by David McSwain
My origin story begins in a small town in Oklahoma, when I first caught the entrepreneurial bug, and how community banks have been an integral part of my journey.
The Early Years
I had my first loan meeting with a community banker back in 1981 when I was nine years old thanks to cows, a lawn-mowing service, and my mom and dad. Actually, a lot of life and business lessons my mom and dad taught me came through a 10-herd cow/calf operation and lawn-mowing service.
At that time, my father was a Vice-President and Loan Officer at Citizens State Bank in Morrison, Oklahoma and my mother was working on her Ph.D. at Oklahoma State University. One Saturday morning my dad took me to his bank so that I could make my loan presentation to the bank President and CEO, Mr. Dwight Rymer. I was to present two separate business plans to him and ask for a loan to start my two businesses. The only thing I remember was that I was scared to death. But it all worked out for me that Saturday. What I didn’t know at the time was that it was all pre-arranged by my dad. I kept my cattle operation and lawn mowing service going until I graduated high school.
What I loved about being a business owner at the age of nine is the same thing that so many entrepreneurs experience: freedom! I just did it a lot earlier than most. Imagine a red-headed nine-year-old city boy, rising early to feed cattle to start the day, then mowing lawns. After I finished my mowing, I drove the John Deere riding lawnmower like it was a car to the swimming pool. It cost a buck to get in and then I’d blow two bucks on popsicles. Freedom to drive to the grocery store to get bubble gum and gas and to Bible School. Sometimes I’d have a buddy sitting next to me on the fender.
I was living the dream, thanks to that bank loan and a solid work ethic my mother and father instilled in me.
The Rockin’ ‘80s
In high school, I gathered the nerve to go visit Mr. Rymer at the bank and ask for a summer job. Ah, the rockin’ ‘80s! Things like smoking in the workplace, big hair, and bangs, typewriters. He gave me that job and I worked as a teller, filed checks, proofed cards and made monthly bank statements. I even worked as a janitor cleaning the bathrooms, taking out the trash, and changing air-filters! You could say I knew the bank in ways most young people never did.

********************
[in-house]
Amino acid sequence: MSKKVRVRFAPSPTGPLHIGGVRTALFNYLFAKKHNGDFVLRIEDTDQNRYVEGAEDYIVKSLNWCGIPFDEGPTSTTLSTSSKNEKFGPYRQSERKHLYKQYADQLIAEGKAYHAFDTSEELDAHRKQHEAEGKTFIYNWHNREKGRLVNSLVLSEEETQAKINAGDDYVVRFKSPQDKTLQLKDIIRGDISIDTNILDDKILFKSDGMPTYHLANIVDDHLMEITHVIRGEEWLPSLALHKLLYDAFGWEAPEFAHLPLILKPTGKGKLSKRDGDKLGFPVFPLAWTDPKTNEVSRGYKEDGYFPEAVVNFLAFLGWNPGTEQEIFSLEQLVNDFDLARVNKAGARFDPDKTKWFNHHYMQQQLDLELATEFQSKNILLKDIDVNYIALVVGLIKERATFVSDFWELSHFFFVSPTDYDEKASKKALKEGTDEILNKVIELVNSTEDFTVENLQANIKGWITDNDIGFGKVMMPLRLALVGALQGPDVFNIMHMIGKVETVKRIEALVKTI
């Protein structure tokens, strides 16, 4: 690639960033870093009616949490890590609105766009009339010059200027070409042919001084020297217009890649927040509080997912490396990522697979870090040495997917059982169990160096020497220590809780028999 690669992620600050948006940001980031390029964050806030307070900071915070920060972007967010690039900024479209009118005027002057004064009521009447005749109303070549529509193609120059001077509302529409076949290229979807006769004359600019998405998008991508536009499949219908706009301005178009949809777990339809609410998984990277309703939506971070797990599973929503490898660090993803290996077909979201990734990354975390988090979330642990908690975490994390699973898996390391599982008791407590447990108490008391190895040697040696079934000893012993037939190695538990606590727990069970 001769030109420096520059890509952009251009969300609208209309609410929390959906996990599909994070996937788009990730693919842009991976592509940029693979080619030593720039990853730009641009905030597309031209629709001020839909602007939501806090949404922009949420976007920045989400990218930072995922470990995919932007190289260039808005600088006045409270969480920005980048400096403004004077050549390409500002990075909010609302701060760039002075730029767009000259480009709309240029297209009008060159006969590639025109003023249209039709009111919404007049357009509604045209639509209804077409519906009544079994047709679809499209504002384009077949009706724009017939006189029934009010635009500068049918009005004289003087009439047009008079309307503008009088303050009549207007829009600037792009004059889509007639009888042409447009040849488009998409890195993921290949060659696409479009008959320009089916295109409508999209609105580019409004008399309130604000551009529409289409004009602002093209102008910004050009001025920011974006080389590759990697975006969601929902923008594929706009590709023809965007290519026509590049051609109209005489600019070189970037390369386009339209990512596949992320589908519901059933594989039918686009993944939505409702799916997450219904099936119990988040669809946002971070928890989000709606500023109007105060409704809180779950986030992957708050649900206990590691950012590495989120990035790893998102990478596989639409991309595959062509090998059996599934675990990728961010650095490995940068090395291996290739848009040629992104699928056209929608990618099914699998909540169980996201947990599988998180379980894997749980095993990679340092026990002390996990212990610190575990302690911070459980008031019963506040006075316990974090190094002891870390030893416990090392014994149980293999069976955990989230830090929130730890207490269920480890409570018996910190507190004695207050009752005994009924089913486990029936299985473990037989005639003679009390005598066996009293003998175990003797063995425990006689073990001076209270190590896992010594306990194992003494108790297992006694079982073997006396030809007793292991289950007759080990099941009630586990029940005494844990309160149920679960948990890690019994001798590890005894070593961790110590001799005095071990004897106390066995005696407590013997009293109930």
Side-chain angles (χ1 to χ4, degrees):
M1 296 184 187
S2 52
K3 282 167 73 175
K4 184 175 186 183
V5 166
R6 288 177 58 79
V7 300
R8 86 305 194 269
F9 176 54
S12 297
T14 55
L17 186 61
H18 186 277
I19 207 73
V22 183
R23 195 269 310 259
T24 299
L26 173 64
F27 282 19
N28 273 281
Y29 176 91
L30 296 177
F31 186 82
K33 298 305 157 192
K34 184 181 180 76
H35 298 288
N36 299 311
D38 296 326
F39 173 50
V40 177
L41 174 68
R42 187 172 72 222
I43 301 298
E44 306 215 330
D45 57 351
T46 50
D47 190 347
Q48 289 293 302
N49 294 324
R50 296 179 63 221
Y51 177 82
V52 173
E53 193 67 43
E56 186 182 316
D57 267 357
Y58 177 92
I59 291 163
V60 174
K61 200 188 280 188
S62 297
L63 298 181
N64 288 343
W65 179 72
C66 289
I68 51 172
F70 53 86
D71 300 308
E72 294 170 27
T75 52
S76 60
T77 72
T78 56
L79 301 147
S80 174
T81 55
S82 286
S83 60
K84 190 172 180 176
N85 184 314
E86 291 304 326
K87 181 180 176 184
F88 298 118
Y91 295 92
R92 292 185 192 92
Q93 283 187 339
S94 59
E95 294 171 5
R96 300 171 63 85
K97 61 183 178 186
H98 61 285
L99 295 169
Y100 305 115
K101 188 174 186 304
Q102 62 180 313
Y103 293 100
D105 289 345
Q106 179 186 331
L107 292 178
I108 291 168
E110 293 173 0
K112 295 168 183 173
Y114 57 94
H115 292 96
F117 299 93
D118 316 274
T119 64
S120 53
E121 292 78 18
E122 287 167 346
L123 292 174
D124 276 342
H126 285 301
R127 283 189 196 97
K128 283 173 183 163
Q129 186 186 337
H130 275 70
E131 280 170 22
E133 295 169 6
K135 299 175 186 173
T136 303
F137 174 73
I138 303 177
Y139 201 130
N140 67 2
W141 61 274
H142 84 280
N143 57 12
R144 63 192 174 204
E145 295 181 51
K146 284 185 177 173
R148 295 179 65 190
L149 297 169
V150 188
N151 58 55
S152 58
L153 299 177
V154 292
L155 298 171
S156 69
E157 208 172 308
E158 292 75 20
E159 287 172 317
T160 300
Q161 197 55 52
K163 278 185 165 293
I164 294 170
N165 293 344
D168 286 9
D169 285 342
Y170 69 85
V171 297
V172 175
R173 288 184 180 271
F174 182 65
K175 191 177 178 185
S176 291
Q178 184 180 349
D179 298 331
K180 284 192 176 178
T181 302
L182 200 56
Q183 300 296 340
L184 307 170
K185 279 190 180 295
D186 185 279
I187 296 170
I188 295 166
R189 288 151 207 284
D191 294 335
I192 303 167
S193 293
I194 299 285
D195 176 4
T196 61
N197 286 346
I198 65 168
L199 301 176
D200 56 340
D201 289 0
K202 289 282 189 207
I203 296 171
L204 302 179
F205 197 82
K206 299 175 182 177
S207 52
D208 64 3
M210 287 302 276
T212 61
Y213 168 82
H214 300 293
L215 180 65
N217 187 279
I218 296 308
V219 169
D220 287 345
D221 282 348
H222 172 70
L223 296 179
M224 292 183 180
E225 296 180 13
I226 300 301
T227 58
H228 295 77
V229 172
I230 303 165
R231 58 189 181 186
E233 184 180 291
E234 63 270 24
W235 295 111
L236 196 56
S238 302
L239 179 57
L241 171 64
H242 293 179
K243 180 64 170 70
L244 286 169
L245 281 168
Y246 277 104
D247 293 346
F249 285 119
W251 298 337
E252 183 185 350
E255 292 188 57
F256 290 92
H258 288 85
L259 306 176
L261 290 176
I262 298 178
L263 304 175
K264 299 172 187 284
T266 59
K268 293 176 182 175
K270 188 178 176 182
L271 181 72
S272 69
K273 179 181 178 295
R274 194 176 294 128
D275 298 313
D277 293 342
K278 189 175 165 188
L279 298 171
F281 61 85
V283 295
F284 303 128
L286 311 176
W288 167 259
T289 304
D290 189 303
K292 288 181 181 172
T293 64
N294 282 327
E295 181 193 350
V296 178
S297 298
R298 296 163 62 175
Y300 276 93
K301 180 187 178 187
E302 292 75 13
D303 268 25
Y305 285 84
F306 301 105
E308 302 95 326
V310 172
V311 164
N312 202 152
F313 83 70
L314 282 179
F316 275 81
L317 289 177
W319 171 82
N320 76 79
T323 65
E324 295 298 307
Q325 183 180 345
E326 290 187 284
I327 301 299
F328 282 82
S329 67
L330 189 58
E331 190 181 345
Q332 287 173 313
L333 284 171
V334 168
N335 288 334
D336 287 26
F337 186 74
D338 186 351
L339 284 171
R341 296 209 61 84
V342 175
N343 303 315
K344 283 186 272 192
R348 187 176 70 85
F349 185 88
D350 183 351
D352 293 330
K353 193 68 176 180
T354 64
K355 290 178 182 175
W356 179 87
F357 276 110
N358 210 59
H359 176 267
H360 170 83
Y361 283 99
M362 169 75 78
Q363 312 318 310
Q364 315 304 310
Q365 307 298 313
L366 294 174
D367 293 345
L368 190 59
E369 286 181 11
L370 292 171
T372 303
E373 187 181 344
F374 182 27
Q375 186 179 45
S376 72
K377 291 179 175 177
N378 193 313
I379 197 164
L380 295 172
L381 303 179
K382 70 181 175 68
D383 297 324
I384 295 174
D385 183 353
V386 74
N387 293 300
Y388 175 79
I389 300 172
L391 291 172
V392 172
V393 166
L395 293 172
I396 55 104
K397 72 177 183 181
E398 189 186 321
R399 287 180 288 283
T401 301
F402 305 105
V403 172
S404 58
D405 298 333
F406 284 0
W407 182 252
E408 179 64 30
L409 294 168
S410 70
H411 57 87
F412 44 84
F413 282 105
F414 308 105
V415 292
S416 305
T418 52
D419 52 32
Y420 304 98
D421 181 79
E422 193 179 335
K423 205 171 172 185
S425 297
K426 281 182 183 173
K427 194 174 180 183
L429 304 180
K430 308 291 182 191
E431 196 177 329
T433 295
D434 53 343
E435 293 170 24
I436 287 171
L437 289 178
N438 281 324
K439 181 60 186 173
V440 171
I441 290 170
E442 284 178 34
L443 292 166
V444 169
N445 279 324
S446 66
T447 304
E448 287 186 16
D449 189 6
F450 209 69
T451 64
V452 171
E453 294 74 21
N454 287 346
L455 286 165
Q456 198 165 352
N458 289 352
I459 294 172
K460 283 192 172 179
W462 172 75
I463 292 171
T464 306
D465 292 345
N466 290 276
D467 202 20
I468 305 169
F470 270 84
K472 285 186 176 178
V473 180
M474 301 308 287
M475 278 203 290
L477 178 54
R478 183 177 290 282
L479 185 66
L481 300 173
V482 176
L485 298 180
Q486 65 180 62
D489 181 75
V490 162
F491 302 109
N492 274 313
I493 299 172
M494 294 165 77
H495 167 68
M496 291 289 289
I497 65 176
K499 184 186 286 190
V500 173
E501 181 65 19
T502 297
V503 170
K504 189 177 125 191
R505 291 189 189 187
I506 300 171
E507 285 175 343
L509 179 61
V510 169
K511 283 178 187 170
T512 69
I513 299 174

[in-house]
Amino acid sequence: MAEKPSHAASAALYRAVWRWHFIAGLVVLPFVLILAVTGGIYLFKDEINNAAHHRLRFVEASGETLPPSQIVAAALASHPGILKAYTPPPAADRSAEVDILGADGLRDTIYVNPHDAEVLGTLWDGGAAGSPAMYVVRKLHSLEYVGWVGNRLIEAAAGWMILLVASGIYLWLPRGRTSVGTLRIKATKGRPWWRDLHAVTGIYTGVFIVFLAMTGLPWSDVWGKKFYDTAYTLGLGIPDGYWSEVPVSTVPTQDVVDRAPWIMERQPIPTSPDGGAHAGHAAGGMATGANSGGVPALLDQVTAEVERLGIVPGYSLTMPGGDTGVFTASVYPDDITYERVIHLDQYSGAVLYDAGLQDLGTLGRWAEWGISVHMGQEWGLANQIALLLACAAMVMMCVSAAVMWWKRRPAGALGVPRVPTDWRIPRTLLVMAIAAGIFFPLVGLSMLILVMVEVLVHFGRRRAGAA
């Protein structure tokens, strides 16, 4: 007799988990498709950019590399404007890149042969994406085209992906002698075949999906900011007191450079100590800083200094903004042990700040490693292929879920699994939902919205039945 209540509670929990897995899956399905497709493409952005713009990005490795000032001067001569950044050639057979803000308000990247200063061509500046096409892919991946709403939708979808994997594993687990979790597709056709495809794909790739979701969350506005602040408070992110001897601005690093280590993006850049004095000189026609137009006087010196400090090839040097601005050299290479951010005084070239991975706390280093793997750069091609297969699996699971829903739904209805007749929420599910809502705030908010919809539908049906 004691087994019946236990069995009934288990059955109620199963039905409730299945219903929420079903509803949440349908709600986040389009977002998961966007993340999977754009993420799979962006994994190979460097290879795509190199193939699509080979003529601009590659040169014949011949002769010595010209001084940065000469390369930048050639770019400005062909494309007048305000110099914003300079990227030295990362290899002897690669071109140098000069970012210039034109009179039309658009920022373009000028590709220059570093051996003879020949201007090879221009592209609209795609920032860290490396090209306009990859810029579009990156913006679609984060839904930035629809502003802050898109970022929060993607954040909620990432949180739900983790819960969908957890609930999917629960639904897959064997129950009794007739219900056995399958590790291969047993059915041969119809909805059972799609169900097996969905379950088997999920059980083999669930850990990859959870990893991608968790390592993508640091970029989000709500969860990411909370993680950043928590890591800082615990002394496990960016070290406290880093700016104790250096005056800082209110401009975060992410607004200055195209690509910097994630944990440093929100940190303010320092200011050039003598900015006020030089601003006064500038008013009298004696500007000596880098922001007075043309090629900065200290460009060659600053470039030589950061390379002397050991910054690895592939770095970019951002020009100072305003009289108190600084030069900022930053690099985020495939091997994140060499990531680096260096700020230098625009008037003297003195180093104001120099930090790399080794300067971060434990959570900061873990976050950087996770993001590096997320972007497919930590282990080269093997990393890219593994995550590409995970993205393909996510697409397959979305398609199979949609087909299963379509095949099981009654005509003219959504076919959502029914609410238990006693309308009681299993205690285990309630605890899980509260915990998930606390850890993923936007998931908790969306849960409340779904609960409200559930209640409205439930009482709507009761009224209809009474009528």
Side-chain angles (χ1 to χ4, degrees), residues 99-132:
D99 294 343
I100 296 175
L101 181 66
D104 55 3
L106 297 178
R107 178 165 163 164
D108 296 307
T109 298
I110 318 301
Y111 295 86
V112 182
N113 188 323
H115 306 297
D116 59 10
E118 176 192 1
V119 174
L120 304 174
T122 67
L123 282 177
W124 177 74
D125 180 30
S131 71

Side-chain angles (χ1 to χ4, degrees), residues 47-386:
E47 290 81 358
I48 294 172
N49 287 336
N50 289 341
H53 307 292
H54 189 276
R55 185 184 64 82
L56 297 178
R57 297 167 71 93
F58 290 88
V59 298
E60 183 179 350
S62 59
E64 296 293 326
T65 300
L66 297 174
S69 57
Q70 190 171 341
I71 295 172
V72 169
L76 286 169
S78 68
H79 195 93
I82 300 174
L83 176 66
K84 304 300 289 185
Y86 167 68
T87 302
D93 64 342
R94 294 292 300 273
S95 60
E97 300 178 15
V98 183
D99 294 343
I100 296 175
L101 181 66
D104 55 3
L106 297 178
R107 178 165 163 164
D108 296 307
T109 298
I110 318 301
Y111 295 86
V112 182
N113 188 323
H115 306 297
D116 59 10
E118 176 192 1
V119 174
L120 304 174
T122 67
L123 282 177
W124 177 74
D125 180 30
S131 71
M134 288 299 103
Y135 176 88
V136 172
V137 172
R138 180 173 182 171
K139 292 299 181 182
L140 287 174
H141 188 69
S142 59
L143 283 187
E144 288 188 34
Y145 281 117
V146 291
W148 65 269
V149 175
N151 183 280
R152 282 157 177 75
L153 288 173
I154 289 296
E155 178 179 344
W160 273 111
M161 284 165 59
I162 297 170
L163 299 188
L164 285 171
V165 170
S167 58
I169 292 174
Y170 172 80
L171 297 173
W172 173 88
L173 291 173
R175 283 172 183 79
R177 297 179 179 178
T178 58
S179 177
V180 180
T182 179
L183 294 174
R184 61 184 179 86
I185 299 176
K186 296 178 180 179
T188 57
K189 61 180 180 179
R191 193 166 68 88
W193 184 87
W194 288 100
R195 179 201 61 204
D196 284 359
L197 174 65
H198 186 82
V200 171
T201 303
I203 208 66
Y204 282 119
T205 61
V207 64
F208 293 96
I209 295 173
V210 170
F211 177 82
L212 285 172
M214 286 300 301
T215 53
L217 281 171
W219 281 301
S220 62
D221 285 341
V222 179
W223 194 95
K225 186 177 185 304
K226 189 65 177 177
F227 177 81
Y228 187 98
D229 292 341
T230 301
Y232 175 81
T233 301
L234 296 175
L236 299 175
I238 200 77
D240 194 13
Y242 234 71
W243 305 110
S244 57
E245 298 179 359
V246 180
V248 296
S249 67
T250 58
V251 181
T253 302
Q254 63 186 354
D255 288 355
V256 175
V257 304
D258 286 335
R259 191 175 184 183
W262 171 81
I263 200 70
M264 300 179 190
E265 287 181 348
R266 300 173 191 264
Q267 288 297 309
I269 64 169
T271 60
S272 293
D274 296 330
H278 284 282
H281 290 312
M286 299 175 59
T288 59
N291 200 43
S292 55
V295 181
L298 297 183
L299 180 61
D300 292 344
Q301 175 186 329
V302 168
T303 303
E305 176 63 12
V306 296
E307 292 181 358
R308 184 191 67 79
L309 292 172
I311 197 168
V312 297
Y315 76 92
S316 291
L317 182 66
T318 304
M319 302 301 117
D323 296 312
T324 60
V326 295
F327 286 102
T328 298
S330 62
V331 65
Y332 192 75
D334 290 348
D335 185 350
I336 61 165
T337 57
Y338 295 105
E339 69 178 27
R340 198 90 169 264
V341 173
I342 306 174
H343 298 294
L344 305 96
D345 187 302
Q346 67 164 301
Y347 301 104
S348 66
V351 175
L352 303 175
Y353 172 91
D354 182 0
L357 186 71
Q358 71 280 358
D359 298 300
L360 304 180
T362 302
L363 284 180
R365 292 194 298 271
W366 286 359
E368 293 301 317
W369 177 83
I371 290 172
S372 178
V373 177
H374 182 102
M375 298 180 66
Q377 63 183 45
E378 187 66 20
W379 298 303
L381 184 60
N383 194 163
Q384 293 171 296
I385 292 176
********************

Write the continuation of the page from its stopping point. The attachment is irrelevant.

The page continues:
While working in the bank, I didn’t have the freedom I did as a solo entrepreneur. Working there was fun because it was new, yet arduous. I felt suddenly confined by rules and the clock. I had to wear a tie and it was hot in the summers in Oklahoma. In the mid-1980s, we didn’t have computers; we had machines and printers. Today, it would be considered “balancing the bank by hand.” We did everything by hand, but that helped me learn the banking business.
The Computerized ‘90s
I continued to work summers through college in community banks. I spent my college years at Oklahoma State University and the University of Central Oklahoma. I felt I’d found my niche with student government and pursued a Public Administration degree (which is half business, half political science). My father had introduced me to several bankers in Oklahoma City and I badly needed a job like most college students. Jim Eatherly and Matt Eatherly at the time owned the First National Bank of Oklahoma. I’d been taking an “Analysis Class” and it was the most interesting class I’d had in college to date. First National took a chance on me by giving me a job as a credit analyst after I graduated. Word spread that I was pretty good at it. After writing credit memos for that bank in Oklahoma City, I headed to Tonkawa to their main bank to bring their credit files up to speed.
I learned a lot about banking during that time: Loans, Underwriting, How to Go Broke, How to Make Money, How to Dig In and Turn Things Around. I learned how people launder money and embezzle and most times this causes things not to end well. Most always they get caught. I learned how Monday morning quarterbacking is the easiest, but I knew I could be a part of making sure things didn’t go south. Look for the flaws and red flags and insert discipline.
Ah, the ‘90s, the huge mobile bag phone, computers, e-mail, coming off hyperinflation, an oil bust that nearly broke the country, the Savings and Loan Disaster. I was introduced to credit “Loans.” I loved it. I tirelessly learned credit for new loans, annual reviews, loan grading, allowance for loan loss and had the distinct opportunity to work special assets. Combined, it was an experience I couldn’t put a price on today.